CHARLOTTE, N.C. (TheStreet) -- From the day Stephen Wolf selected the name US Airways in 1996, Charlotte Douglas International Airport has been the heart and soul of the airline.
So the airport celebration Monday of the deal that will put an end to the name, and to the airport's primacy, was bittersweet.
More sweet than bitter, though, because now the airport built by Jerry Orr over the past four decades seems destined to survive indefinitely as one of just two major air transportation hubs in the southeastern United States, home to 80 million people.
The deal combines US Airways with American, under the American name and the new stock symbol AAL. In Dallas on Monday, CEO Doug Parker, formerly CEO of America West and then of US Airways, and now CEO of American, rang the opening bell for Nasdaq. Dallas is the largest hub; Charlotte is second.
The day's bitter aspect was the awareness of what will be lost. Sometime in 2014 or 2015, the US Airways name will disappear.
Wolf, then CEO, chose the name to replace "USAir," hoping to recognize the integration of Piedmont and US Air under a classier brand name that resembled British Airways, at around the time that Charlotte began to eclipse Pittsburgh as the airline's biggest hub. US Airways is the last surviving pre-deregulation airline, other than big three American, Delta (DAL) and United (UAL) plus Southwest (LUV).
Additionally, Orr is currently airport director in name only, presiding over an airport authority that so far has been out-maneuvered in an effort to take over airport oversight. If the authority fails, Orr's career will become collateral damage in a battle between Charlotte Democrats and Raleigh Republicans for control of the airport and its hundreds of millions of dollars in annual cash flow. The politicians' singular focus on power trumped any awareness that Orr somehow built a world-class airport in a medium-sized southern city.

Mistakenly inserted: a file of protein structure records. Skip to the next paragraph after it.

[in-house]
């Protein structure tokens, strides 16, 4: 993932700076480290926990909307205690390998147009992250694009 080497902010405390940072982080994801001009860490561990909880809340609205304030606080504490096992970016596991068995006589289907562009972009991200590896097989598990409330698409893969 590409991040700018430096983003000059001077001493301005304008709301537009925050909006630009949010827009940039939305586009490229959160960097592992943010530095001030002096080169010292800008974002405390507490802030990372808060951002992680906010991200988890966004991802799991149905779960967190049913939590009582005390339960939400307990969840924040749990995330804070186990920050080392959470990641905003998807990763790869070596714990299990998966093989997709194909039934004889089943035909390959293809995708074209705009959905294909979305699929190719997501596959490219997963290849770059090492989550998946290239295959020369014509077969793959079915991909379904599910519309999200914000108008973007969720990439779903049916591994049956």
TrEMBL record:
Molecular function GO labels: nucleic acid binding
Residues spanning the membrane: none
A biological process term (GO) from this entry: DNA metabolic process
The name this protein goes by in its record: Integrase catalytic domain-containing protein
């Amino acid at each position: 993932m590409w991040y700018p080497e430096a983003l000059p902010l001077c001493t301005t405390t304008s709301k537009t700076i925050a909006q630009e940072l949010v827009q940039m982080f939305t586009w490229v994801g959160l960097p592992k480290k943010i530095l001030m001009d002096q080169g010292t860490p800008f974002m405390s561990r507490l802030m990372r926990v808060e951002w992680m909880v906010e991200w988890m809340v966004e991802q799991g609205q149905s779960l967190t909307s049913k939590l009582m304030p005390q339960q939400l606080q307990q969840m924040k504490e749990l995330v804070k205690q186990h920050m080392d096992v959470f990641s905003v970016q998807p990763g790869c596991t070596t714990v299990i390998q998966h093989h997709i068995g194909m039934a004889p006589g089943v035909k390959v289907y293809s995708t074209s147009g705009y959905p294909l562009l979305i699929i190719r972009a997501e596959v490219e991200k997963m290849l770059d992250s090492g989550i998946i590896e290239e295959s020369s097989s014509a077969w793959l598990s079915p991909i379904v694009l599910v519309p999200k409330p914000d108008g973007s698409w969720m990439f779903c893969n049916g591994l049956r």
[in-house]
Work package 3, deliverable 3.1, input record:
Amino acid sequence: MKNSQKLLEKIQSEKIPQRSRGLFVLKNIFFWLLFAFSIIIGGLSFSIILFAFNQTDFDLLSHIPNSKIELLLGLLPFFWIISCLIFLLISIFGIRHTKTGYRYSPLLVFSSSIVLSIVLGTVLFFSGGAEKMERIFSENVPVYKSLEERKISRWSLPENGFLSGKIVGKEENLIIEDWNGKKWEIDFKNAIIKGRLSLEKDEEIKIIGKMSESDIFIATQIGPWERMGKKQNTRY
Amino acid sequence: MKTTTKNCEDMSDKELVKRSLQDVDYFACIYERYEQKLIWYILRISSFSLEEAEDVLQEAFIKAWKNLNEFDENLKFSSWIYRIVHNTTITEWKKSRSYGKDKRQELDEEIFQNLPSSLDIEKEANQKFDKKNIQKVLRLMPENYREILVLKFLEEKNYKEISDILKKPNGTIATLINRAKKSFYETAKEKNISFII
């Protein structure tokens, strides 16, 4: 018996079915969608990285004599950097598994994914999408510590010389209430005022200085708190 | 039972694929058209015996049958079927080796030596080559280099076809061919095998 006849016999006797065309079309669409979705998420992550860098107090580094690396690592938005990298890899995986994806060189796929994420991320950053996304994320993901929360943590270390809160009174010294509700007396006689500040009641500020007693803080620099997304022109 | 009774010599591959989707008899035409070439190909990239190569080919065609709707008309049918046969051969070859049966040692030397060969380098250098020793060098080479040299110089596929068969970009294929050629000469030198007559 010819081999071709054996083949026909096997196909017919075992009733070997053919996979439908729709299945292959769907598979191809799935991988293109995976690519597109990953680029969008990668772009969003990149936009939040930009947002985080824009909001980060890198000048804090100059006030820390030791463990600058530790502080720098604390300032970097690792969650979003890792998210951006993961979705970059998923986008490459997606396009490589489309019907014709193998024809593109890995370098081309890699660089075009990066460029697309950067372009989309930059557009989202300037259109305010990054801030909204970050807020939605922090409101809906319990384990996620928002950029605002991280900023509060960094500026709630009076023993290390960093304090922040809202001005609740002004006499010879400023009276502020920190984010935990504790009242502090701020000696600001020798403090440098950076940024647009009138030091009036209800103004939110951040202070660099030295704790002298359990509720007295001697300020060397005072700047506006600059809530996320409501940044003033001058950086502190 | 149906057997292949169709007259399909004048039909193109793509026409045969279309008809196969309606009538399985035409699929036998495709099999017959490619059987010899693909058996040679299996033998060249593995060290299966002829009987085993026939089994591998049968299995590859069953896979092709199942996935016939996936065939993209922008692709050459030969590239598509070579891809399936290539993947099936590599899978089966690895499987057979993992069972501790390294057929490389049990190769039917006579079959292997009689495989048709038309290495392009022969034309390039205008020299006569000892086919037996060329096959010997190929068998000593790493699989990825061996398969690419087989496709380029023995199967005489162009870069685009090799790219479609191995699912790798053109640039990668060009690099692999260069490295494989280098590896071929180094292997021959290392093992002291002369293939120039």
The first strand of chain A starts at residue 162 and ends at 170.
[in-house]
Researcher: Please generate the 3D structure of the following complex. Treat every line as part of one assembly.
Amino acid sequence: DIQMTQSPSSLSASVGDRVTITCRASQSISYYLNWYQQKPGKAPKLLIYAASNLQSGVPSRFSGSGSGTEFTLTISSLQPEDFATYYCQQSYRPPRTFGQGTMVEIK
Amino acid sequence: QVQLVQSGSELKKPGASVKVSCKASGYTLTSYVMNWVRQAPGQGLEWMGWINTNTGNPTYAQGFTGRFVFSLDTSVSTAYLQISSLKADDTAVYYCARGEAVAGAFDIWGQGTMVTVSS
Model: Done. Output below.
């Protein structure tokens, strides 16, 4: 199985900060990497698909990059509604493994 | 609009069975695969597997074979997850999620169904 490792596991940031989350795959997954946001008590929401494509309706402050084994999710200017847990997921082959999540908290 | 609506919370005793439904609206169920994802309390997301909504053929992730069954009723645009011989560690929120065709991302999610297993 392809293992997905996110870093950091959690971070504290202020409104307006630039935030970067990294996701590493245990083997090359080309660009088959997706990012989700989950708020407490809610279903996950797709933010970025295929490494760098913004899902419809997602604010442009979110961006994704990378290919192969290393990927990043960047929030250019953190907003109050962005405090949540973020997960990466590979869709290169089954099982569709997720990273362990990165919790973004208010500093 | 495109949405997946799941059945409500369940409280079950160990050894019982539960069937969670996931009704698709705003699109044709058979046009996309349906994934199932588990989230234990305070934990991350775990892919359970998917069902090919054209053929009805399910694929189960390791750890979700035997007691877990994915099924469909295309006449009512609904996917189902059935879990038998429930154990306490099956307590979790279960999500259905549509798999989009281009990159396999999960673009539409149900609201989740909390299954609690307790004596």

Without vast success in Charlotte, US Airways would have been a far less desirable merger partner. So Monday was Orr's day too.
The worst threat that ever faced Charlotte Douglas was Parker's 2006 effort to merge US Airways with Delta , which would have resulted in the Atlanta and Charlotte hubs being operated by a single carrier, leading inevitably to downsizing in Charlotte. The effort was the biggest misstep in Parker's aviation career. It was opposed by nearly everybody and it failed dramatically. But the threat that Delta and US Airways might one day try again to merge was not eliminated until US Airways merged with American.
In looking at the future of the Charlotte hub, people sometimes raise the specter of hubs such as Memphis and St. Louis that were lost to mergers, or hubs like Dayton and Pittsburgh and Raleigh-Durham that were lost to reality, or hubs like Cleveland that limp along, or hubs like Phoenix that face an uncertain future. The suggestion is that something bad could happen to Charlotte.
But the threat seems remote. At a media event on Monday, Terri Pope, US Airways/American vice president for Charlotte Douglas, said the airline's daily departures are already set to rise from 640 today to 700 over the next few months. Some of the added flights reflect merger synergies, Pope said. With 700 daily departures, Charlotte would likely become the world's third-largest single airline hub, behind Delta in Atlanta and American in Dallas but no longer behind United in Houston.
Pope, who has overseen the Charlotte hub since 2001, has presided over vast growth, much of it reflecting benefits from mergers, as well as from efficient airport management, hers as well as Orr's. She has been involved in four mergers starting in 1987, when USAir bought PSA and then merged with Piedmont. Coming out of bankruptcy in 2005, it merged with America West. Eight years later, it merges with American. "I've had experience in merging airlines," she said.
Pope first worked at Charlotte Douglas when she was brought in from Boston to help implement the Piedmont merger. She worked to coordinate changes in reservations including policies involving ticketing and gate and curbside procedures -- the sort of details that form the guts of an airline's operations. The transition took two years. She left temporarily to be station manager in West Palm Beach, Fla.